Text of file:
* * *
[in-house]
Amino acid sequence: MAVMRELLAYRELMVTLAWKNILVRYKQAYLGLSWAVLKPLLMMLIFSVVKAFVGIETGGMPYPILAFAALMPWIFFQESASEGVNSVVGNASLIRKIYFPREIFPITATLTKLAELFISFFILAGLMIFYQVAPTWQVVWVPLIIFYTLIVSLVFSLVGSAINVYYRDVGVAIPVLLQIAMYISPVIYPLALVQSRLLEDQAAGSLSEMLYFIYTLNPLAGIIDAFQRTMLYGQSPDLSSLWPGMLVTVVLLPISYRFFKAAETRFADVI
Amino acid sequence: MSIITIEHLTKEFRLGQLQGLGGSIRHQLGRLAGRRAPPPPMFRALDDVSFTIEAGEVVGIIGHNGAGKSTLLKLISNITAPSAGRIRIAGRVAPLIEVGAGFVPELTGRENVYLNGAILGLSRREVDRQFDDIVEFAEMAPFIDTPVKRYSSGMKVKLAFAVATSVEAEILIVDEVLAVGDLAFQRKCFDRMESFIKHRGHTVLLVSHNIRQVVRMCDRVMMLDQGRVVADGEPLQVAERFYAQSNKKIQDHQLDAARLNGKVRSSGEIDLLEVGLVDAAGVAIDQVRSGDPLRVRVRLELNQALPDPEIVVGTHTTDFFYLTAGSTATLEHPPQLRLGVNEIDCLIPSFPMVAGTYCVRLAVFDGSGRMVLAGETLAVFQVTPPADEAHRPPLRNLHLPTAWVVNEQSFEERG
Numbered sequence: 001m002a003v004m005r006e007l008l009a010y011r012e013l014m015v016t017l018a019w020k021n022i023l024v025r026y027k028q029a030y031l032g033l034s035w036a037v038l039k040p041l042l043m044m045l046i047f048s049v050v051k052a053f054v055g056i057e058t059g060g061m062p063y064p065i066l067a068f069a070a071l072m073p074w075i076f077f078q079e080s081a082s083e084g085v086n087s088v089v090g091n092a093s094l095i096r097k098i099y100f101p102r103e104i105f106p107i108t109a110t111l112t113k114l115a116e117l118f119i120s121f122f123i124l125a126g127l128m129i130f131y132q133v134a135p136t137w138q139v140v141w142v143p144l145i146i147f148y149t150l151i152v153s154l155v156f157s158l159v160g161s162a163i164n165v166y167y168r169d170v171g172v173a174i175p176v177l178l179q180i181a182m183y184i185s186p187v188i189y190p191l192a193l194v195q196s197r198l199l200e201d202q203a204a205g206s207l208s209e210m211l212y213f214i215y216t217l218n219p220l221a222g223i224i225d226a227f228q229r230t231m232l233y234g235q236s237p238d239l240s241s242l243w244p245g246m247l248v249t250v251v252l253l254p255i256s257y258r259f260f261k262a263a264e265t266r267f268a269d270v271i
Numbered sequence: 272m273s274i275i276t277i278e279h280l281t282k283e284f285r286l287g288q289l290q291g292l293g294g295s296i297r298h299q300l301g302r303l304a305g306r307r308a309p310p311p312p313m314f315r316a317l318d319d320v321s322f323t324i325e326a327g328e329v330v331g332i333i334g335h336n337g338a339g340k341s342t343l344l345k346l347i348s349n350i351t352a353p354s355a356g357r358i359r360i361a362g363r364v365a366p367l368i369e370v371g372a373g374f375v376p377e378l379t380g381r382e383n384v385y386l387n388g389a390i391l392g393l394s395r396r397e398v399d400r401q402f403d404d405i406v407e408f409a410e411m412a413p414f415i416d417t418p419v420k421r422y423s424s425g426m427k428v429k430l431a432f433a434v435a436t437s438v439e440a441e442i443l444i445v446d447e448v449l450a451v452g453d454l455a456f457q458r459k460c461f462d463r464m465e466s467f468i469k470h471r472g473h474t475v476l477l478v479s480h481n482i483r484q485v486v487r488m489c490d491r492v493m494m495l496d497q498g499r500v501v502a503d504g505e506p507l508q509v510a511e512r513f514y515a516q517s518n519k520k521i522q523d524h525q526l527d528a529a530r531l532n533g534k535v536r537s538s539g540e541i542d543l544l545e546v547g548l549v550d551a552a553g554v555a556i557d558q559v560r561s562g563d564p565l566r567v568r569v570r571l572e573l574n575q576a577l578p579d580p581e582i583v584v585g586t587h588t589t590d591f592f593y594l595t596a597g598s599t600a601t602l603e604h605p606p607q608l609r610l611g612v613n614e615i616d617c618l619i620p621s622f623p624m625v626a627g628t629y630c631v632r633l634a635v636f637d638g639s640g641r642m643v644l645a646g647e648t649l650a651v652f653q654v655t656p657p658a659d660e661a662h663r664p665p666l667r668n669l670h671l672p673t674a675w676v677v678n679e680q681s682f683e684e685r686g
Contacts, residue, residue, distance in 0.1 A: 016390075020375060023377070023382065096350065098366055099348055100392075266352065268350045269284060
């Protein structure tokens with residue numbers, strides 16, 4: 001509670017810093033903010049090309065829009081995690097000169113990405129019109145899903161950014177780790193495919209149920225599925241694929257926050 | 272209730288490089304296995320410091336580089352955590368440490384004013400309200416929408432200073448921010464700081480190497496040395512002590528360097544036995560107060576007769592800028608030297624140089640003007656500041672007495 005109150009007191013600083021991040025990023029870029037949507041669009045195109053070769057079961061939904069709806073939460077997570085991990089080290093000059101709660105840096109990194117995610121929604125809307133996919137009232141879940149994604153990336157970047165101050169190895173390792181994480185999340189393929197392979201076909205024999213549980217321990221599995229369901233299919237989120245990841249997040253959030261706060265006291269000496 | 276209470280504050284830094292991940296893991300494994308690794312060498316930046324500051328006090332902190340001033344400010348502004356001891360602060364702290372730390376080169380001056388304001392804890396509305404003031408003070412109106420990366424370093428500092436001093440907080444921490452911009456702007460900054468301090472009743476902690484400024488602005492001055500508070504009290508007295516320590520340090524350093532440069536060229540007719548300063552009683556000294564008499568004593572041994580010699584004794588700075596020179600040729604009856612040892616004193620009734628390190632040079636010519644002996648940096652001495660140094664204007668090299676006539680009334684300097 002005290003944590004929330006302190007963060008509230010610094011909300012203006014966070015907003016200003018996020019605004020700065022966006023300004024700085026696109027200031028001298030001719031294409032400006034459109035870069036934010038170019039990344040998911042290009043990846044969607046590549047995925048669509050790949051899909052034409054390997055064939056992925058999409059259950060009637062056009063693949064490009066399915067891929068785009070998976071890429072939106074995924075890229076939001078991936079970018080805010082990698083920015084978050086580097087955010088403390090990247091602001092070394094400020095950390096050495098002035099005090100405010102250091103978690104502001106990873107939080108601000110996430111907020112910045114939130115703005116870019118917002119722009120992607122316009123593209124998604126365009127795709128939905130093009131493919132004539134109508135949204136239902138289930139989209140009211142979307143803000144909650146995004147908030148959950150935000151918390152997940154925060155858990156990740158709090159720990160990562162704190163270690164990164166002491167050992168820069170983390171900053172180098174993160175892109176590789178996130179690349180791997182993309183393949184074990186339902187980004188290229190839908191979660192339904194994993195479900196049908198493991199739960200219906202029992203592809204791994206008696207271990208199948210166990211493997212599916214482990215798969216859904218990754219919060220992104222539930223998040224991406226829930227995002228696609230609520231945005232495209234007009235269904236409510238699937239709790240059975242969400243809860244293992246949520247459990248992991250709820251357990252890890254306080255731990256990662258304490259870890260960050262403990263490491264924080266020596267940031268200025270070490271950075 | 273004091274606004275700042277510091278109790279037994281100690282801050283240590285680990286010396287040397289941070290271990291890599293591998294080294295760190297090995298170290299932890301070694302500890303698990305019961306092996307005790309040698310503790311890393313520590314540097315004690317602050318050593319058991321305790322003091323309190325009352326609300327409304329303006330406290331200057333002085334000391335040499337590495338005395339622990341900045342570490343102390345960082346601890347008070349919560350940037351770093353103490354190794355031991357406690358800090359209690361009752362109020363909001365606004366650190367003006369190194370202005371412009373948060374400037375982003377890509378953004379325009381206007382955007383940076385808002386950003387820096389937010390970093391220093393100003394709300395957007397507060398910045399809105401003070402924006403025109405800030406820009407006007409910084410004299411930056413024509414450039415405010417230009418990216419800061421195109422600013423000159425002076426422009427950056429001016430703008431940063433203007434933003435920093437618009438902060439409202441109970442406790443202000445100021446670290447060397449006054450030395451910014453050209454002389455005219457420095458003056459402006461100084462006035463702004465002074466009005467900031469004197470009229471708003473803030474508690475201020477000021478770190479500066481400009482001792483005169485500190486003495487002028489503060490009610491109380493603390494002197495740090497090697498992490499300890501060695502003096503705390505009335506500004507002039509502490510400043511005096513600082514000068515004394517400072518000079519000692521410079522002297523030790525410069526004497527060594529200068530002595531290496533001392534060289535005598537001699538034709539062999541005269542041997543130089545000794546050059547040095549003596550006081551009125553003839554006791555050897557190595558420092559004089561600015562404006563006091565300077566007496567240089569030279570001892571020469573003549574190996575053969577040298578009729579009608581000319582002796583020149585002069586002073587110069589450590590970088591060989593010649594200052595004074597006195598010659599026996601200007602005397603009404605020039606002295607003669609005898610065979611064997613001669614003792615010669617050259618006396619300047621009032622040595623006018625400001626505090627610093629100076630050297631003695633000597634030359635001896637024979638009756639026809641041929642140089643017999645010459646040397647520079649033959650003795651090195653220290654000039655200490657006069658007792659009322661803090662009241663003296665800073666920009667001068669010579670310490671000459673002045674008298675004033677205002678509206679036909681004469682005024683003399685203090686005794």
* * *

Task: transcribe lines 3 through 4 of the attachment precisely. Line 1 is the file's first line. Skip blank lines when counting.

Amino acid sequence: MSIITIEHLTKEFRLGQLQGLGGSIRHQLGRLAGRRAPPPPMFRALDDVSFTIEAGEVVGIIGHNGAGKSTLLKLISNITAPSAGRIRIAGRVAPLIEVGAGFVPELTGRENVYLNGAILGLSRREVDRQFDDIVEFAEMAPFIDTPVKRYSSGMKVKLAFAVATSVEAEILIVDEVLAVGDLAFQRKCFDRMESFIKHRGHTVLLVSHNIRQVVRMCDRVMMLDQGRVVADGEPLQVAERFYAQSNKKIQDHQLDAARLNGKVRSSGEIDLLEVGLVDAAGVAIDQVRSGDPLRVRVRLELNQALPDPEIVVGTHTTDFFYLTAGSTATLEHPPQLRLGVNEIDCLIPSFPMVAGTYCVRLAVFDGSGRMVLAGETLAVFQVTPPADEAHRPPLRNLHLPTAWVVNEQSFEERG
Numbered sequence: 001m002a003v004m005r006e007l008l009a010y011r012e013l014m015v016t017l018a019w020k021n022i023l024v025r026y027k028q029a030y031l032g033l034s035w036a037v038l039k040p041l042l043m044m045l046i047f048s049v050v051k052a053f054v055g056i057e058t059g060g061m062p063y064p065i066l067a068f069a070a071l072m073p074w075i076f077f078q079e080s081a082s083e084g085v086n087s088v089v090g091n092a093s094l095i096r097k098i099y100f101p102r103e104i105f106p107i108t109a110t111l112t113k114l115a116e117l118f119i120s121f122f123i124l125a126g127l128m129i130f131y132q133v134a135p136t137w138q139v140v141w142v143p144l145i146i147f148y149t150l151i152v153s154l155v156f157s158l159v160g161s162a163i164n165v166y167y168r169d170v171g172v173a174i175p176v177l178l179q180i181a182m183y184i185s186p187v188i189y190p191l192a193l194v195q196s197r198l199l200e201d202q203a204a205g206s207l208s209e210m211l212y213f214i215y216t217l218n219p220l221a222g223i224i225d226a227f228q229r230t231m232l233y234g235q236s237p238d239l240s241s242l243w244p245g246m247l248v249t250v251v252l253l254p255i256s257y258r259f260f261k262a263a264e265t266r267f268a269d270v271i